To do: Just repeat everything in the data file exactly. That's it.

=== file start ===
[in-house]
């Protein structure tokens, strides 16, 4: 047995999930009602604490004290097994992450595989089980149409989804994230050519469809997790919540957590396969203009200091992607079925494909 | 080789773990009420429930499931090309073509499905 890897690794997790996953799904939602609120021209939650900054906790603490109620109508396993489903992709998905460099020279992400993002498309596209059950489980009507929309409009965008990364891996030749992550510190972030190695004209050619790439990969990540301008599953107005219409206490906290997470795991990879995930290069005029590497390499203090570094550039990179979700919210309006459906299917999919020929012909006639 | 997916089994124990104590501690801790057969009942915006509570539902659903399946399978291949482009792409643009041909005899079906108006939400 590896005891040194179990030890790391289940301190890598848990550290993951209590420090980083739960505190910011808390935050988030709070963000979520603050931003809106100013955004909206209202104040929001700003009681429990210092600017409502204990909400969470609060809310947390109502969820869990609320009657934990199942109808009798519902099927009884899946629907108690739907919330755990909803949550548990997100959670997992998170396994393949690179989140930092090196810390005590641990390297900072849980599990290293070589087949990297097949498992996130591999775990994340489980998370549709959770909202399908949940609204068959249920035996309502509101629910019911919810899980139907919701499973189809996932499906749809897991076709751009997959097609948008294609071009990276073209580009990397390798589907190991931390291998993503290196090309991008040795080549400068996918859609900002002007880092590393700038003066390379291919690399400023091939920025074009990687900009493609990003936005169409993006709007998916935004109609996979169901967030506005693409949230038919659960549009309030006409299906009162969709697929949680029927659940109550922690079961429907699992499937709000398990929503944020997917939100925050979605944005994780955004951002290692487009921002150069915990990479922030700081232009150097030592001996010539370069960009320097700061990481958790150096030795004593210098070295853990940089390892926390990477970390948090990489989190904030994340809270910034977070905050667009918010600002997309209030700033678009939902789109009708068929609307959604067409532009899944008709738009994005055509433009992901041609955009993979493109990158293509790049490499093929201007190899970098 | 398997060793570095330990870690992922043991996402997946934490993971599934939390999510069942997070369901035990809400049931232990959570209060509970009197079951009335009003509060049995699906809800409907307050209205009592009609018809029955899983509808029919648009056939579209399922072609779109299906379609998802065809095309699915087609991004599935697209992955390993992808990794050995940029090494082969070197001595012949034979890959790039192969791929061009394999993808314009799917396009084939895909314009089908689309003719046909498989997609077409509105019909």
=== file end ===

[in-house]
């Protein structure tokens, strides 16, 4: 047995999930009602604490004290097994992450595989089980149409989804994230050519469809997790919540957590396969203009200091992607079925494909 | 080789773990009420429930499931090309073509499905 890897690794997790996953799904939602609120021209939650900054906790603490109620109508396993489903992709998905460099020279992400993002498309596209059950489980009507929309409009965008990364891996030749992550510190972030190695004209050619790439990969990540301008599953107005219409206490906290997470795991990879995930290069005029590497390499203090570094550039990179979700919210309006459906299917999919020929012909006639 | 997916089994124990104590501690801790057969009942915006509570539902659903399946399978291949482009792409643009041909005899079906108006939400 590896005891040194179990030890790391289940301190890598848990550290993951209590420090980083739960505190910011808390935050988030709070963000979520603050931003809106100013955004909206209202104040929001700003009681429990210092600017409502204990909400969470609060809310947390109502969820869990609320009657934990199942109808009798519902099927009884899946629907108690739907919330755990909803949550548990997100959670997992998170396994393949690179989140930092090196810390005590641990390297900072849980599990290293070589087949990297097949498992996130591999775990994340489980998370549709959770909202399908949940609204068959249920035996309502509101629910019911919810899980139907919701499973189809996932499906749809897991076709751009997959097609948008294609071009990276073209580009990397390798589907190991931390291998993503290196090309991008040795080549400068996918859609900002002007880092590393700038003066390379291919690399400023091939920025074009990687900009493609990003936005169409993006709007998916935004109609996979169901967030506005693409949230038919659960549009309030006409299906009162969709697929949680029927659940109550922690079961429907699992499937709000398990929503944020997917939100925050979605944005994780955004951002290692487009921002150069915990990479922030700081232009150097030592001996010539370069960009320097700061990481958790150096030795004593210098070295853990940089390892926390990477970390948090990489989190904030994340809270910034977070905050667009918010600002997309209030700033678009939902789109009708068929609307959604067409532009899944008709738009994005055509433009992901041609955009993979493109990158293509790049490499093929201007190899970098 | 398997060793570095330990870690992922043991996402997946934490993971599934939390999510069942997070369901035990809400049931232990959570209060509970009197079951009335009003509060049995699906809800409907307050209205009592009609018809029955899983509808029919648009056939579209399922072609779109299906379609998802065809095309699915087609991004599935697209992955390993992808990794050995940029090494082969070197001595012949034979890959790039192969791929061009394999993808314009799917396009084939895909314009089908689309003719046909498989997609077409509105019909």